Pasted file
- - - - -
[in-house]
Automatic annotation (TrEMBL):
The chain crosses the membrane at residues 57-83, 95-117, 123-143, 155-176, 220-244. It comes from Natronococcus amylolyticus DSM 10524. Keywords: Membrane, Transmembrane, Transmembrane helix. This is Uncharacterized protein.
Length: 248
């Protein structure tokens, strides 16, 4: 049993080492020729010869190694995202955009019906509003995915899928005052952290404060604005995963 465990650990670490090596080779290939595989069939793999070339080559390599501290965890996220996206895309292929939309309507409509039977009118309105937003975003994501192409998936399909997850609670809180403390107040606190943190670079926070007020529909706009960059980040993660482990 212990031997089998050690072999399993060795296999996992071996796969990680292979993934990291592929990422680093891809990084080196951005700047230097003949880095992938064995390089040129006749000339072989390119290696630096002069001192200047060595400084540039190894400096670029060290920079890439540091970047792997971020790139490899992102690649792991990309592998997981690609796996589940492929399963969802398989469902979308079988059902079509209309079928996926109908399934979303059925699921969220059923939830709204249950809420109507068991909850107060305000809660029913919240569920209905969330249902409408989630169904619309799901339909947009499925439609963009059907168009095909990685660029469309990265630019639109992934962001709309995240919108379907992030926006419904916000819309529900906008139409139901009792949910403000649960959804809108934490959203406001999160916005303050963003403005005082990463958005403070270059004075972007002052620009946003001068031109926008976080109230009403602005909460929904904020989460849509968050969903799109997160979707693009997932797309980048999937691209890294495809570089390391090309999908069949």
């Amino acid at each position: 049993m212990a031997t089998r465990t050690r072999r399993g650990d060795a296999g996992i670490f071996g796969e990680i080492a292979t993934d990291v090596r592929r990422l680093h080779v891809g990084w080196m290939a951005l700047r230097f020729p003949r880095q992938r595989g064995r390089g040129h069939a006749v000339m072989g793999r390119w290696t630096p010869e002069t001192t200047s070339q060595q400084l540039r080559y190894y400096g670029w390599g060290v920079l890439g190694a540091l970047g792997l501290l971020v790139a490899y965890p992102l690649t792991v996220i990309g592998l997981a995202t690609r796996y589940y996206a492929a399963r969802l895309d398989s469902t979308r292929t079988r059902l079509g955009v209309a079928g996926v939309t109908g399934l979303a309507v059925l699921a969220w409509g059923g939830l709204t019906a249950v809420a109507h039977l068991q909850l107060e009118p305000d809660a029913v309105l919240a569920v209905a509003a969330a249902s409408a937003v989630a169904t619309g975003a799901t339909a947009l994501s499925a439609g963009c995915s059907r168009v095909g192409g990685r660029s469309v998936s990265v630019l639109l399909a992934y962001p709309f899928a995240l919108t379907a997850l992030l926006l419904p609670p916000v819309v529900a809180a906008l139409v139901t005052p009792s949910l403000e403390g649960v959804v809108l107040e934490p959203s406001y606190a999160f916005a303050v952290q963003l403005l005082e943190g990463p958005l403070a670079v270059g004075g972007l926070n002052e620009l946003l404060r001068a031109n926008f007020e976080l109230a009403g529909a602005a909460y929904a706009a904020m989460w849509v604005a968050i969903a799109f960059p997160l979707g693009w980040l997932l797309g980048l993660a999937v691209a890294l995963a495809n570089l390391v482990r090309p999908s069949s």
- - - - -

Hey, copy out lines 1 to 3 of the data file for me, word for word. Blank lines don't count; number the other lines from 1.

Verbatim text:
[in-house]
Automatic annotation (TrEMBL):
The chain crosses the membrane at residues 57-83, 95-117, 123-143, 155-176, 220-244. It comes from Natronococcus amylolyticus DSM 10524. Keywords: Membrane, Transmembrane, Transmembrane helix. This is Uncharacterized protein.